Last week, our Principal Advisor for Victim Advocacy & Research, Dr Petrina Hargrave, stood before the Justice Select Committee to shed light on a lesser-known form of family harm.
Litigation abuse is essentially a “manifestation of domestic violence in the courtroom”
The Family Violence (Strengthening Legal Protections) Legislation Bill seeks to address litigation abuse, a complex and often overlooked form of coercive control within the courtroom.
Litigation abuse is when the legal system is weaponised against a victim, continuing an abuser’s control through endless and often baseless legal battles. This can lead to immense psychological, financial, and emotional strain on victims.
It may include threats, humiliation, insults, financial, and legal manipulation. Litigation abuse has been described as a “manifestation of domestic violence in the courtroom”.1
Manaaki Tāngata | Victim Support submitted support for the newly introduced bill, which plans to strengthen the court’s powers to shield victims from this type of abuse. It's not just about legal protection; it's about acknowledging and stopping a form of abuse that has long been overlooked.
Dr Hargrave spoke to the Justice Committee: “With 55% of New Zealand women having experienced intimate partner violence – including psychological/emotional abuse – and only 19% of crime reported, we urgently need to remove barriers to engaging in the justice system.”
Imagine the distress of someone who's already a victim of family violence being dragged through continual court proceedings by their abuser.
Having supported over 15,000 victims of family harm in 2023 alone, Manaaki Tāngata | Victim Support has heard numerous accounts of litigation abuse. One family violence victim accrued a legal aid bill of over $128,000 after her ex-partner filed multiple petitions in court.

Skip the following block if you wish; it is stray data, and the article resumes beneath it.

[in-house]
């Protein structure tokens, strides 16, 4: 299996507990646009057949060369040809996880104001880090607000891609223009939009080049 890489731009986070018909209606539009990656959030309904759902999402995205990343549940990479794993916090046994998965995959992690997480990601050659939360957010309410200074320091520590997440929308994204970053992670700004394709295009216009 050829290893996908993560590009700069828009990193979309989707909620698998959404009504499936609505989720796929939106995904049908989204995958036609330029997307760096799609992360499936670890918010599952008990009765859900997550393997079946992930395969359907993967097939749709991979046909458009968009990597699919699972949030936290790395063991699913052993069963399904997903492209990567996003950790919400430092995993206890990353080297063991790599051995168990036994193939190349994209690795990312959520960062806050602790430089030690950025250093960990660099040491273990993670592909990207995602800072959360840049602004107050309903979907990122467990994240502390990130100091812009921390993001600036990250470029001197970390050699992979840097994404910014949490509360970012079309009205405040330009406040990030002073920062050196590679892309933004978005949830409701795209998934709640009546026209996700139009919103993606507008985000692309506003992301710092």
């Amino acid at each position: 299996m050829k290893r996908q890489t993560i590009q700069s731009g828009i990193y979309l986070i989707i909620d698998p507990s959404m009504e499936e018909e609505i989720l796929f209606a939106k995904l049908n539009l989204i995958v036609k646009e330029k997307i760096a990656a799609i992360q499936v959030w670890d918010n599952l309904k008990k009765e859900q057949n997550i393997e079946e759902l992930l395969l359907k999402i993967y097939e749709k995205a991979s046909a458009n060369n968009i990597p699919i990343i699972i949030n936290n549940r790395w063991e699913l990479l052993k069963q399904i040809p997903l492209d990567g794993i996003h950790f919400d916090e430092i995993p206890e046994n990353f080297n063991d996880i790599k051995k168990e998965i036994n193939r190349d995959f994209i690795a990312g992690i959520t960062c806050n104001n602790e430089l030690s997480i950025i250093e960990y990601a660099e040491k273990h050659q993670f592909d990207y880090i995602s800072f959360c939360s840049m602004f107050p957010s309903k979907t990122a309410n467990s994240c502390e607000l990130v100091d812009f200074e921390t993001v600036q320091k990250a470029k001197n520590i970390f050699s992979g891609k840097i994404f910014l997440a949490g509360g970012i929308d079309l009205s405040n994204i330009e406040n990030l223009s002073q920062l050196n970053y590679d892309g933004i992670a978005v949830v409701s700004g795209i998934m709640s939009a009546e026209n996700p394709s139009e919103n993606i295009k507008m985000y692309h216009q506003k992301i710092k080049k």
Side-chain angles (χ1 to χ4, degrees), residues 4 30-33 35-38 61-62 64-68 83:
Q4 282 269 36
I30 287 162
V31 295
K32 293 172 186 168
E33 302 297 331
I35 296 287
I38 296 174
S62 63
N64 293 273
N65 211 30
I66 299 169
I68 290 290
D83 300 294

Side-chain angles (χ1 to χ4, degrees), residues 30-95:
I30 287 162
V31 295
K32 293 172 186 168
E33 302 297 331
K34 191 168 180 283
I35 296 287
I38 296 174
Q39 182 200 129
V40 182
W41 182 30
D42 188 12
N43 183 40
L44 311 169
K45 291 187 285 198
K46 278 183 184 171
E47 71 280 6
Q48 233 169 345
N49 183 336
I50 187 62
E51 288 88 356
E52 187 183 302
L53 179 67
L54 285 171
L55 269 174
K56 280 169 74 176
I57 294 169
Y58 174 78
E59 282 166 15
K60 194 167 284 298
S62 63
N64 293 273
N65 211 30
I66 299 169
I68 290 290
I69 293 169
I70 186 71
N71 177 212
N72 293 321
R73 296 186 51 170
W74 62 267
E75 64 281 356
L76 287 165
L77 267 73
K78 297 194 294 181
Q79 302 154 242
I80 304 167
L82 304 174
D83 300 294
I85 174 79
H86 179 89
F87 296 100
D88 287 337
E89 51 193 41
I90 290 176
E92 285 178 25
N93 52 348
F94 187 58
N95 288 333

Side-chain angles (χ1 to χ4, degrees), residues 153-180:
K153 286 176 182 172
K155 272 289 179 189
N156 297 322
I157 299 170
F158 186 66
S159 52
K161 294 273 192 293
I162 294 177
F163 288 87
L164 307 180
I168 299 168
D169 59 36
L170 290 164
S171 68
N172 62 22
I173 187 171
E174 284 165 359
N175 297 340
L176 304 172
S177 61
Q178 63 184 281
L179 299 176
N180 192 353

The victim recalled how the court became the “only way to attack” after their separation, resulting in crippling consequences. She described her “hair falling out and going completely bald for over a year”, posttraumatic stress disorder, and requiring twice-weekly counselling over three years to cope.
“No one should have to fear the judicial system that they grew up believing was there to help them. The judicial system has become a playground for many abusers who use it as their weapon of choice.”
Litigation abuse can also force victims to be in continual contact with their abuser or make concessions to avoid being caught up in the court process. As the victim we supported states, “victims just stay because they are too scared to go through the court process.”
Many judicial officers fail to recognise this form of abuse, which means we must adapt our legal frameworks to better serve these victims. It is time for New Zealand legislation to evolve.
“Put simply,” Dr Hargrave closed with the Justice Committee, “this bill acknowledges that our courts are deliberately being used to perpetuate family violence, so the government has a duty of care to protect victims in the one place they should be safe.”
Without these changes, courtrooms can remain battlegrounds where abusers exert control, prolonging victims' suffering and eroding their faith in in the justice system.
As one victim states: “No one should have to fear the judicial system that they grew up believing was there to help them. The judicial system has become a playground for many abusers who use it as their weapon of choice.”
Take a stand: Join us in raising awareness about litigation abuse by sharing this post on your social media. Together, we can amplify the call for change and justice.
1. Beeman, A. (2022). The need for more states to adopt specific legislation addressing abusive use of litigation in intimate partner violence. Seattle Journal for Social Justice, 20(3), 825-860, p 839.
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